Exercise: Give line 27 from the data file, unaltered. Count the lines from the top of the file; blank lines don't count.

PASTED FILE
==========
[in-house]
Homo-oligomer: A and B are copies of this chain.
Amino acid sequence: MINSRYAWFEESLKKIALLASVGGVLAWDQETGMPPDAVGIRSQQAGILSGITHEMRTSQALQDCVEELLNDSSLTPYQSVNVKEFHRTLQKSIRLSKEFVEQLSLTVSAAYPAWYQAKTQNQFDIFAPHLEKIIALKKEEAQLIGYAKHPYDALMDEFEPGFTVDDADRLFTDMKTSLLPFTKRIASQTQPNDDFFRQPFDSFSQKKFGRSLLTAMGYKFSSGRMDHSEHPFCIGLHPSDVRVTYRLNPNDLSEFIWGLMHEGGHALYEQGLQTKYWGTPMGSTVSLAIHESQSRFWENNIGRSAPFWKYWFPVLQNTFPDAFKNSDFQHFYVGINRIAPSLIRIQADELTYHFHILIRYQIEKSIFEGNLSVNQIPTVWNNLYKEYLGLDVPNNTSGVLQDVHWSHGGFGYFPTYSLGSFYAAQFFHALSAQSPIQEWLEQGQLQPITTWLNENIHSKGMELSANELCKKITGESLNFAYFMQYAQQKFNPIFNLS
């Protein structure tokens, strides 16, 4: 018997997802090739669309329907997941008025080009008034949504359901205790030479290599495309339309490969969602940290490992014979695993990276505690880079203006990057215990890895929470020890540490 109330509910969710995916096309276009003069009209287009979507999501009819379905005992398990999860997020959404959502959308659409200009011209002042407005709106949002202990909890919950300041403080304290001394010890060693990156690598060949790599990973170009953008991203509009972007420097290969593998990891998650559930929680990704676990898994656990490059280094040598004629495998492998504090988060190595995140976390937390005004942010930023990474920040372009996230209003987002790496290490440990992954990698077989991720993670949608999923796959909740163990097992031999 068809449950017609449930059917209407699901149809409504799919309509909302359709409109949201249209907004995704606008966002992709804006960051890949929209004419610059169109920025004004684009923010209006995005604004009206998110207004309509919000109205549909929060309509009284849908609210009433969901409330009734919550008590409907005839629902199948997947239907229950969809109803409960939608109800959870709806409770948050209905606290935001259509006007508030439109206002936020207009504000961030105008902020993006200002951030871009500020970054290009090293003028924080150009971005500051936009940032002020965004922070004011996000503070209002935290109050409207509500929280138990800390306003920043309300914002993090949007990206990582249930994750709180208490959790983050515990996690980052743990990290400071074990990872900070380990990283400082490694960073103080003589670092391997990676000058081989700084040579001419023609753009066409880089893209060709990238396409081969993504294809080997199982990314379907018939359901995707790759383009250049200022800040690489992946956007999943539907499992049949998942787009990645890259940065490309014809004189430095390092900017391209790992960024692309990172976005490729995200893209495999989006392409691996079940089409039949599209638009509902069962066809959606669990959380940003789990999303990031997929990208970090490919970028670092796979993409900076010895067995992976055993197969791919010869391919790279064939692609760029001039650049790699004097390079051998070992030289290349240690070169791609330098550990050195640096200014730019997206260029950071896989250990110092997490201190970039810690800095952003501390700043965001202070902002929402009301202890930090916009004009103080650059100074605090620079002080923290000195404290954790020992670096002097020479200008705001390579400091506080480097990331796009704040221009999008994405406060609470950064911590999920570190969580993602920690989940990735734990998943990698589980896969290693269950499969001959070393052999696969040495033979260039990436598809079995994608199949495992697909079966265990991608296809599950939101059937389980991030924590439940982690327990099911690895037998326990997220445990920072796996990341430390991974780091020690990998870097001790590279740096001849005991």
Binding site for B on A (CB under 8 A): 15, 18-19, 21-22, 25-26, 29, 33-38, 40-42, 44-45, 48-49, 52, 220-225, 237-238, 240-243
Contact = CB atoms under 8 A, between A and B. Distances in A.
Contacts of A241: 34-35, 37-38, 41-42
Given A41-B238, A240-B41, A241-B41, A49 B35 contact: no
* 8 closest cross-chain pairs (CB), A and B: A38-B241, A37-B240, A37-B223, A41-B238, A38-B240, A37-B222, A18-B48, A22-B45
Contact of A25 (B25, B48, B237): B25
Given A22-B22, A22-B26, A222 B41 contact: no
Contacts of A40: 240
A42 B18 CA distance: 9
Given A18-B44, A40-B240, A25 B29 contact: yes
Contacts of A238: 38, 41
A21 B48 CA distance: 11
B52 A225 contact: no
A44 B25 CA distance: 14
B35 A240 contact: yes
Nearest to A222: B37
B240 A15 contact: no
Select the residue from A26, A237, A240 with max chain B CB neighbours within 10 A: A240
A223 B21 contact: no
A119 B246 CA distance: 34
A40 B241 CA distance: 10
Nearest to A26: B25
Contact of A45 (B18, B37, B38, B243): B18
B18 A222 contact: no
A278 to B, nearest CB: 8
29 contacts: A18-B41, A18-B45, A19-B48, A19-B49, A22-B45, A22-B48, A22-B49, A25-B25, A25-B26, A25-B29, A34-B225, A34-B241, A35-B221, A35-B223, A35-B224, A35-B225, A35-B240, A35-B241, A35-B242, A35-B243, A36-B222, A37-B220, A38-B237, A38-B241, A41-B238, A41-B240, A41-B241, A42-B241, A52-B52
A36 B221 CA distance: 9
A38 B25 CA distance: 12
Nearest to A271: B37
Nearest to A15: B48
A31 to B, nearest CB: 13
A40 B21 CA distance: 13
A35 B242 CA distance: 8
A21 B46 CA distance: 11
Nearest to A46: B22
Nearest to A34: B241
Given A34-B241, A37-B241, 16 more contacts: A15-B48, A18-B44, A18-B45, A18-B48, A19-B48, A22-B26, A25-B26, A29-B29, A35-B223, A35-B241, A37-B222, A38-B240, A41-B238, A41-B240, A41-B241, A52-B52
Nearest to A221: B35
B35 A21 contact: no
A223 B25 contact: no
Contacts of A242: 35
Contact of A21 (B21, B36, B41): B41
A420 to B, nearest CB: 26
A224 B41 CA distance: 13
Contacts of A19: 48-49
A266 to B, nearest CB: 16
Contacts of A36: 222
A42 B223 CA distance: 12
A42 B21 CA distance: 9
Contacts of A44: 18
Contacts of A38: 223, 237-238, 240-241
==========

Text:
Contact of A45 (B18, B37, B38, B243): B18